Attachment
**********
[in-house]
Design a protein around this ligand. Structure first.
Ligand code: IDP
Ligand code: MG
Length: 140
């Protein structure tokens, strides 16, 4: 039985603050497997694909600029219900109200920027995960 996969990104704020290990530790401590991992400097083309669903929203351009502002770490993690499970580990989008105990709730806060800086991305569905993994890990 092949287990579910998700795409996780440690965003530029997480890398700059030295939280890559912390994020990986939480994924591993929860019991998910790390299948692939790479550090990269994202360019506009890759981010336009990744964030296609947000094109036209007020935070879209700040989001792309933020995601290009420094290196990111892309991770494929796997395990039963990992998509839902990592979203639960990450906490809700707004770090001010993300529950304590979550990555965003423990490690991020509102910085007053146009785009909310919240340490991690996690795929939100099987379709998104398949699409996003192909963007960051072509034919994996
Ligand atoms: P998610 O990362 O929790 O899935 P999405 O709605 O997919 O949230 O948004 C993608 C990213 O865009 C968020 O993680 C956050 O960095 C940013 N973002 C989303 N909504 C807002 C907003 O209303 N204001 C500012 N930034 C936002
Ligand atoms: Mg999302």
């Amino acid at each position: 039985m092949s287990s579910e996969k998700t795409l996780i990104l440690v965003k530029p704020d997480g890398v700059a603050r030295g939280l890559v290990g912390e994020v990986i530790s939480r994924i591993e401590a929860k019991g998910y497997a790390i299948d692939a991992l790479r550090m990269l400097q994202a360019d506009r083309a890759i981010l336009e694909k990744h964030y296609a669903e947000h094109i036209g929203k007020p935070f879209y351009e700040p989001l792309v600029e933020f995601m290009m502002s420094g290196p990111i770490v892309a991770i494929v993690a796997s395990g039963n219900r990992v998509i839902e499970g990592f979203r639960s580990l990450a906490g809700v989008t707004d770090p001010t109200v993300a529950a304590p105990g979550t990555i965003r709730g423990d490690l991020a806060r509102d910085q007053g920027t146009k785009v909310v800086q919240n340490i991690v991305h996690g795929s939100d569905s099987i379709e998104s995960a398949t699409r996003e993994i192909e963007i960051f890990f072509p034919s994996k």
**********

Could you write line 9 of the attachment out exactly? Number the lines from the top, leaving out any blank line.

């Amino acid at each position: 039985m092949s287990s579910e996969k998700t795409l996780i990104l440690v965003k530029p704020d997480g890398v700059a603050r030295g939280l890559v290990g912390e994020v990986i530790s939480r994924i591993e401590a929860k019991g998910y497997a790390i299948d692939a991992l790479r550090m990269l400097q994202a360019d506009r083309a890759i981010l336009e694909k990744h964030y296609a669903e947000h094109i036209g929203k007020p935070f879209y351009e700040p989001l792309v600029e933020f995601m290009m502002s420094g290196p990111i770490v892309a991770i494929v993690a796997s395990g039963n219900r990992v998509i839902e499970g990592f979203r639960s580990l990450a906490g809700v989008t707004d770090p001010t109200v993300a529950a304590p105990g979550t990555i965003r709730g423990d490690l991020a806060r509102d910085q007053g920027t146009k785009v909310v800086q919240n340490i991690v991305h996690g795929s939100d569905s099987i379709e998104s995960a398949t699409r996003e993994i192909e963007i960051f890990f072509p034919s994996k």